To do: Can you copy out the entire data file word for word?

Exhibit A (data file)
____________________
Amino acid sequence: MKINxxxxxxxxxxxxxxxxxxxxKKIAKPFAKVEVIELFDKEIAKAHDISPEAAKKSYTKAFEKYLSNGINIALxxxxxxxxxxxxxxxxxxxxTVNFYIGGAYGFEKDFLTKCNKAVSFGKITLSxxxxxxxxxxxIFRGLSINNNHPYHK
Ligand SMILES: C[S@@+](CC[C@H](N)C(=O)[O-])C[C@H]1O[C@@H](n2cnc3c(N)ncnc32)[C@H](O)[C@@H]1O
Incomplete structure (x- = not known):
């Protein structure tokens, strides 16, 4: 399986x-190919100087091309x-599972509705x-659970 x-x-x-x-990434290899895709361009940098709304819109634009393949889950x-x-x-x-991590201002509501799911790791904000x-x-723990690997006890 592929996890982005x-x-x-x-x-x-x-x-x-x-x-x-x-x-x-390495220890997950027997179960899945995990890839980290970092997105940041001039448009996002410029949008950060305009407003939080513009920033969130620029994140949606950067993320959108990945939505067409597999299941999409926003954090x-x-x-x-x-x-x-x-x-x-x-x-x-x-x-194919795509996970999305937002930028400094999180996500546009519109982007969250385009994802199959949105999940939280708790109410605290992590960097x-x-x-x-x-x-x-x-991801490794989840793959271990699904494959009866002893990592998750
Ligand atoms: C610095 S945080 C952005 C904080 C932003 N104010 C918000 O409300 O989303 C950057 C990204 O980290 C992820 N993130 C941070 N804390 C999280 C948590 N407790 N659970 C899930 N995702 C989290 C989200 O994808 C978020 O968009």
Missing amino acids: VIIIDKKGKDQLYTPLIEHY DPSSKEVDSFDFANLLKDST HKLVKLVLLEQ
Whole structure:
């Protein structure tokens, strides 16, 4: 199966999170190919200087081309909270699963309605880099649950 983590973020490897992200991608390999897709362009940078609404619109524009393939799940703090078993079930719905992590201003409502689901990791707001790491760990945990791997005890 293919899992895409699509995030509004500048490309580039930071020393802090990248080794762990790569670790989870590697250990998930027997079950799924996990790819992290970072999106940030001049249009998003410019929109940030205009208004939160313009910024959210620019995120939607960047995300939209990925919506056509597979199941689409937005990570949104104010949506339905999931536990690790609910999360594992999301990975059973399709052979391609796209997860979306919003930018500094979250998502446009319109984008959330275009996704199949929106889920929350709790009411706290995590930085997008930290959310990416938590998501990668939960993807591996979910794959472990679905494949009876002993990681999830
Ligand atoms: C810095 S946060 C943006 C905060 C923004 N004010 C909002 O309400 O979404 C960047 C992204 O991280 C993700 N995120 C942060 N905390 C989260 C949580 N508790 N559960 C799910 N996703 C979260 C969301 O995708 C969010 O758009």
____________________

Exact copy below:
Amino acid sequence: MKINxxxxxxxxxxxxxxxxxxxxKKIAKPFAKVEVIELFDKEIAKAHDISPEAAKKSYTKAFEKYLSNGINIALxxxxxxxxxxxxxxxxxxxxTVNFYIGGAYGFEKDFLTKCNKAVSFGKITLSxxxxxxxxxxxIFRGLSINNNHPYHK
Ligand SMILES: C[S@@+](CC[C@H](N)C(=O)[O-])C[C@H]1O[C@@H](n2cnc3c(N)ncnc32)[C@H](O)[C@@H]1O
Incomplete structure (x- = not known):
């Protein structure tokens, strides 16, 4: 399986x-190919100087091309x-599972509705x-659970 x-x-x-x-990434290899895709361009940098709304819109634009393949889950x-x-x-x-991590201002509501799911790791904000x-x-723990690997006890 592929996890982005x-x-x-x-x-x-x-x-x-x-x-x-x-x-x-390495220890997950027997179960899945995990890839980290970092997105940041001039448009996002410029949008950060305009407003939080513009920033969130620029994140949606950067993320959108990945939505067409597999299941999409926003954090x-x-x-x-x-x-x-x-x-x-x-x-x-x-x-194919795509996970999305937002930028400094999180996500546009519109982007969250385009994802199959949105999940939280708790109410605290992590960097x-x-x-x-x-x-x-x-991801490794989840793959271990699904494959009866002893990592998750
Ligand atoms: C610095 S945080 C952005 C904080 C932003 N104010 C918000 O409300 O989303 C950057 C990204 O980290 C992820 N993130 C941070 N804390 C999280 C948590 N407790 N659970 C899930 N995702 C989290 C989200 O994808 C978020 O968009």
Missing amino acids: VIIIDKKGKDQLYTPLIEHY DPSSKEVDSFDFANLLKDST HKLVKLVLLEQ
Whole structure:
């Protein structure tokens, strides 16, 4: 199966999170190919200087081309909270699963309605880099649950 983590973020490897992200991608390999897709362009940078609404619109524009393939799940703090078993079930719905992590201003409502689901990791707001790491760990945990791997005890 293919899992895409699509995030509004500048490309580039930071020393802090990248080794762990790569670790989870590697250990998930027997079950799924996990790819992290970072999106940030001049249009998003410019929109940030205009208004939160313009910024959210620019995120939607960047995300939209990925919506056509597979199941689409937005990570949104104010949506339905999931536990690790609910999360594992999301990975059973399709052979391609796209997860979306919003930018500094979250998502446009319109984008959330275009996704199949929106889920929350709790009411706290995590930085997008930290959310990416938590998501990668939960993807591996979910794959472990679905494949009876002993990681999830
Ligand atoms: C810095 S946060 C943006 C905060 C923004 N004010 C909002 O309400 O979404 C960047 C992204 O991280 C993700 N995120 C942060 N905390 C989260 C949580 N508790 N559960 C799910 N996703 C979260 C969301 O995708 C969010 O758009």